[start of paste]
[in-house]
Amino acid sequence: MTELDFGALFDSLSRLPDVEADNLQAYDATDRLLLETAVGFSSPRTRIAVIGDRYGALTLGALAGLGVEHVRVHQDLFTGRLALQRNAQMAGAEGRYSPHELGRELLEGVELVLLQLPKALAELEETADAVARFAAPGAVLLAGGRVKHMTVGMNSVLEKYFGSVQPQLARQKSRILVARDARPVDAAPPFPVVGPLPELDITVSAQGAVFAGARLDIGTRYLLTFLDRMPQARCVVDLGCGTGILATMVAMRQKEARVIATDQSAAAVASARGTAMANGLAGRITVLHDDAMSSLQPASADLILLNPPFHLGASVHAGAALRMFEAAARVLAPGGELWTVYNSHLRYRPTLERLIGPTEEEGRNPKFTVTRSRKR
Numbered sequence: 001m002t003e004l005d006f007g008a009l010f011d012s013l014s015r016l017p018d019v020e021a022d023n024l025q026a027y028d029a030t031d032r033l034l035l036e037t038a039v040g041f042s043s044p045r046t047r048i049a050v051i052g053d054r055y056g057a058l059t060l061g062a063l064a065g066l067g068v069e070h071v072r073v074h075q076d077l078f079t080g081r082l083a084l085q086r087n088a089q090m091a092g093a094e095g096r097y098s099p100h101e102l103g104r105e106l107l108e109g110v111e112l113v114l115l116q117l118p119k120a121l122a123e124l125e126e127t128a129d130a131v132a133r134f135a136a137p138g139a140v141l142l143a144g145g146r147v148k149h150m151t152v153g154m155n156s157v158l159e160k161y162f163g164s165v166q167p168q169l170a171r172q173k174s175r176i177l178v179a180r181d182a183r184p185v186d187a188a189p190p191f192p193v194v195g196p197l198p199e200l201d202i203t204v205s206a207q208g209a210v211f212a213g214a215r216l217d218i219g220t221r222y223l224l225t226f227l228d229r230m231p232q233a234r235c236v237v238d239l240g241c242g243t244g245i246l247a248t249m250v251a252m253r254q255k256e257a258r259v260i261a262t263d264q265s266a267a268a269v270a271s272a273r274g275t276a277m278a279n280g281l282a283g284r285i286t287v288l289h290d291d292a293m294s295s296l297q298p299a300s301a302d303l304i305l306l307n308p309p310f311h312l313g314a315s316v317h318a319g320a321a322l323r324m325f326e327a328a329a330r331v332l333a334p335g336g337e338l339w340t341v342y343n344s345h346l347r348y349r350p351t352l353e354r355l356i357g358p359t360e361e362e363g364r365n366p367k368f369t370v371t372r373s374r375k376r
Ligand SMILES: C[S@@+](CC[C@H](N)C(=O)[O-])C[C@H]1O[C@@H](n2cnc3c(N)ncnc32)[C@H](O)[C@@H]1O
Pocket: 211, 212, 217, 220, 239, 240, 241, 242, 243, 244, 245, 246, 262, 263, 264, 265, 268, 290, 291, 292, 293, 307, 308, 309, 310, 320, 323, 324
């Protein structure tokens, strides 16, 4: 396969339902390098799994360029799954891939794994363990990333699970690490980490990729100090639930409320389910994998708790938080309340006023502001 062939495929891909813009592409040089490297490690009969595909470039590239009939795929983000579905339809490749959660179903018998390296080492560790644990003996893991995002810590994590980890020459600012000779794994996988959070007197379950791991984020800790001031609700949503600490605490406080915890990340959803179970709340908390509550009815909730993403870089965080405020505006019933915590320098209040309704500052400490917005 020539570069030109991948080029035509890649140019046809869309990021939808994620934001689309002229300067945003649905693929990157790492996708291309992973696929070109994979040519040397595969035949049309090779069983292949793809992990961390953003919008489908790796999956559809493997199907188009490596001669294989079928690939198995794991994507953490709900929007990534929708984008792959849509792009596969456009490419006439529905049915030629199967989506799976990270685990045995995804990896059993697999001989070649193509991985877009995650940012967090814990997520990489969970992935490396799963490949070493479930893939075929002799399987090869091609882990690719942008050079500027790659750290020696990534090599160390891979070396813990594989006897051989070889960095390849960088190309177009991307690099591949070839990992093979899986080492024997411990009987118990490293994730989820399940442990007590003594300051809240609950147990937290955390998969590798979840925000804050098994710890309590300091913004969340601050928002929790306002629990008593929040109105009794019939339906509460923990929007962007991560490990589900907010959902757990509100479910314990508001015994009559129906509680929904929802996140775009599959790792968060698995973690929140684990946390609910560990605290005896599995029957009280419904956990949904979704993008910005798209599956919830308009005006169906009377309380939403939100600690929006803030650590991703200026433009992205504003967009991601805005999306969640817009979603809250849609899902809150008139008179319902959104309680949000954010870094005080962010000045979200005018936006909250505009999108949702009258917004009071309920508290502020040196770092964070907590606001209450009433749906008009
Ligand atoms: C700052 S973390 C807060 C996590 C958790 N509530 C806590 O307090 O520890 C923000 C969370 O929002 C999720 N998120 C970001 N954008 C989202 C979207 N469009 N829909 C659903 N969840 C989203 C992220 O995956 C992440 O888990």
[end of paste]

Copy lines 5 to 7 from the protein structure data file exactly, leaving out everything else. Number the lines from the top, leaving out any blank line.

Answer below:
Pocket: 211, 212, 217, 220, 239, 240, 241, 242, 243, 244, 245, 246, 262, 263, 264, 265, 268, 290, 291, 292, 293, 307, 308, 309, 310, 320, 323, 324
């Protein structure tokens, strides 16, 4: 396969339902390098799994360029799954891939794994363990990333699970690490980490990729100090639930409320389910994998708790938080309340006023502001 062939495929891909813009592409040089490297490690009969595909470039590239009939795929983000579905339809490749959660179903018998390296080492560790644990003996893991995002810590994590980890020459600012000779794994996988959070007197379950791991984020800790001031609700949503600490605490406080915890990340959803179970709340908390509550009815909730993403870089965080405020505006019933915590320098209040309704500052400490917005 020539570069030109991948080029035509890649140019046809869309990021939808994620934001689309002229300067945003649905693929990157790492996708291309992973696929070109994979040519040397595969035949049309090779069983292949793809992990961390953003919008489908790796999956559809493997199907188009490596001669294989079928690939198995794991994507953490709900929007990534929708984008792959849509792009596969456009490419006439529905049915030629199967989506799976990270685990045995995804990896059993697999001989070649193509991985877009995650940012967090814990997520990489969970992935490396799963490949070493479930893939075929002799399987090869091609882990690719942008050079500027790659750290020696990534090599160390891979070396813990594989006897051989070889960095390849960088190309177009991307690099591949070839990992093979899986080492024997411990009987118990490293994730989820399940442990007590003594300051809240609950147990937290955390998969590798979840925000804050098994710890309590300091913004969340601050928002929790306002629990008593929040109105009794019939339906509460923990929007962007991560490990589900907010959902757990509100479910314990508001015994009559129906509680929904929802996140775009599959790792968060698995973690929140684990946390609910560990605290005896599995029957009280419904956990949904979704993008910005798209599956919830308009005006169906009377309380939403939100600690929006803030650590991703200026433009992205504003967009991601805005999306969640817009979603809250849609899902809150008139008179319902959104309680949000954010870094005080962010000045979200005018936006909250505009999108949702009258917004009071309920508290502020040196770092964070907590606001209450009433749906008009
Ligand atoms: C700052 S973390 C807060 C996590 C958790 N509530 C806590 O307090 O520890 C923000 C969370 O929002 C999720 N998120 C970001 N954008 C989202 C979207 N469009 N829909 C659903 N969840 C989203 C992220 O995956 C992440 O888990």